TOP STORY >> Science winners impress judges

Leader staff writer

The fifth-grade science fair winner, who also won first place honors as a third grader and a fourth grader, so impressed one of the judges, an engineer from First Electric, that he offered the 11-year-old a summer internship.

That was an added bonus for Madison Holmes to go with the blue ribbon, a $15 gift card and a chance to compete in the regional science fair at the University of Arkansas Little Rock come Feb. 24.

In fact, all the fourth- and fifth-grade winners from the Jacksonville North Pulaski School District’s first science fair will advance to regionals.

Nearly 90 science fair projects, the best from each of the district’s elementary schools, filled two meeting rooms in the Jacksonville Community Center on Thursday. Students test the size of bubble-gum bubbles, the taste of bubble gum, stained teeth, the effects of music on memory, rainbow colors, candy canes, the amount of iron in cereal and delved into what in taco sauce makes it such a good penny cleaner.

The young student scientists stood by their projects that morning as judges came by, rated the experiments, the presentations and peppered the students with questions, testing their science knowledge and vocabulary.

Later that evening the winners were announced in front of a crowd of parents, students and well-wishers.

So what was this project by fifth-grader Madison that impressed the judges so much? It was called “The Heat Beneath Our Feet” and tested the distribution and power of energy. Madison said she came by the idea through the Internet. “I found a website that gave you a survey and then matched up science projects based on what you like,” she said. Her answers gave her a number of choices. “This is the one I liked the best.”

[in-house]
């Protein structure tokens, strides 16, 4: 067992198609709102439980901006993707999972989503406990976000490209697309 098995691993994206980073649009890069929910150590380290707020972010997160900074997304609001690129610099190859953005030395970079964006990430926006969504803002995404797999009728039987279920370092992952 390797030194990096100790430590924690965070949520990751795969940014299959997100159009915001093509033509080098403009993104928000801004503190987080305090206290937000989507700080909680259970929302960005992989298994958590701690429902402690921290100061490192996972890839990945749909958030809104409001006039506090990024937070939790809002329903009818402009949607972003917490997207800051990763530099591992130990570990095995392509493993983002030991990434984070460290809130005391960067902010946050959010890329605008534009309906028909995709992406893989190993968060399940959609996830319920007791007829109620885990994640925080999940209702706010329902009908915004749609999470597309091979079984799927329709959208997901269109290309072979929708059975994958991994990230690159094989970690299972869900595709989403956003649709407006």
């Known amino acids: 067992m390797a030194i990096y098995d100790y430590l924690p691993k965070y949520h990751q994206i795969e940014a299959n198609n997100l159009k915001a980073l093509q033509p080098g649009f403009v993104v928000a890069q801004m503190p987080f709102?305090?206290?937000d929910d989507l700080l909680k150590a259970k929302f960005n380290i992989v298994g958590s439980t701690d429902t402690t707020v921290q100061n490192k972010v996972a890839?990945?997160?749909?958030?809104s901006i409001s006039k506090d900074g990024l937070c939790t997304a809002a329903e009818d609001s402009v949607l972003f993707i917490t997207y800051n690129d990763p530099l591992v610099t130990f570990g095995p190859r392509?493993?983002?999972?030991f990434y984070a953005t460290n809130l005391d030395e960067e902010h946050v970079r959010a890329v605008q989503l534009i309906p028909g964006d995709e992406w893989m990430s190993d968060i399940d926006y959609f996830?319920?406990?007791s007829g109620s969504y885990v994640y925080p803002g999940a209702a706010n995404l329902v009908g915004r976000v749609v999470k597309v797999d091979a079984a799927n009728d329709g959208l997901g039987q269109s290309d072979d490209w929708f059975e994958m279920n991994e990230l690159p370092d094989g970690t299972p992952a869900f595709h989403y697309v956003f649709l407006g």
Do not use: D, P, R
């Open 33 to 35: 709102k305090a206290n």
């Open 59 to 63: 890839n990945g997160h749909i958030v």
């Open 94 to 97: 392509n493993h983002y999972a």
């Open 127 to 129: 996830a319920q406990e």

Her question that she was seeking an answer to was about how energy was affected by the number of holes or outlets in the foil cover of her energy generator. “I was surprised by the amount of power there was with just one hole. When she placed her geothermal plant on top of it, it took two friends to hold it down.”

When not winning science awards, the honor roll student enjoys art and music. “I like a mix of music,” she said.

The top fourth-grade project also came from Bayou Meto, which netted seven awards in the contest. Fourth-grader Payton Nicholson looked at plant food. “I wanted to see what did best, store-bought food, homemade food or no food at all,” said the young softball player. It turned out the store-bought beat out the homemade concoctions and no plant food at all did not blossom into a good method.

The winners were:

At the kindergarten level, first place went to Lisa Nash’s Arnold Drive Elementary class. Second place went to Paige Dearie’s Pinewood Elementary class.

In first grade, the blue ribbon went to Jamie Platt’s Murrell Taylor Elementary class and the red ribbon went to Kylee Robinson’s Arnold Drive class.

The first place prize in second grade went to the team of Sierra McChristian, Leo Brandt and Cylan Bryles from Bayou Meto Elementary.

Another Bayou Meto team – Annabel Dove, Jackson Hall, Maddison Johnson and Lionel Haynes won second. Both had Rhonda Pool as their teacher.

At the third-grade level, Delores Meadows from Warren Dupree placed first. Delancy Wilkins from Bayou Meto took second. Mariah Gipson from Tolleson garnered third, and Carson Schmeizer from Bayou Meto took home an honorable mention.

Among the fourth-grade competitors, Payton Nicholson from Bayou Meto garnered the top prize. Ethan Dixon from Pinewood was second, Savannah Minor from Tolleson was third and Averill O’Neal also from Tolleson received honorable mention.

The top prize in fifth grade went to Madison Holmes from Bayou Meto. Lanna Rogers from Arnold Drive took second place. Amelia James from Bayou Meto was third, and Devin Skelton from Warren Dupree received an honorable mention.

TOP STORY >> Fallen fireman honored

Leader staff writer

On the one-year anniversary of his death, the Sherwood Fire Department on Sunday honored fallen firefighter Lt. Jason Adams with a memorial plaque on Rescue One, his assigned vehicle.

Adams, 29, was with the fire department for five years. He was on duty for the East Pulaski Volunteer Fire Department when he was shot and killed by Mark Pruitt after being mistaken for an intruder while responding to assist with a medical call at 5 a.m. at Pruitt’s home on the 200 block of Dortch Loop in North Little Rock.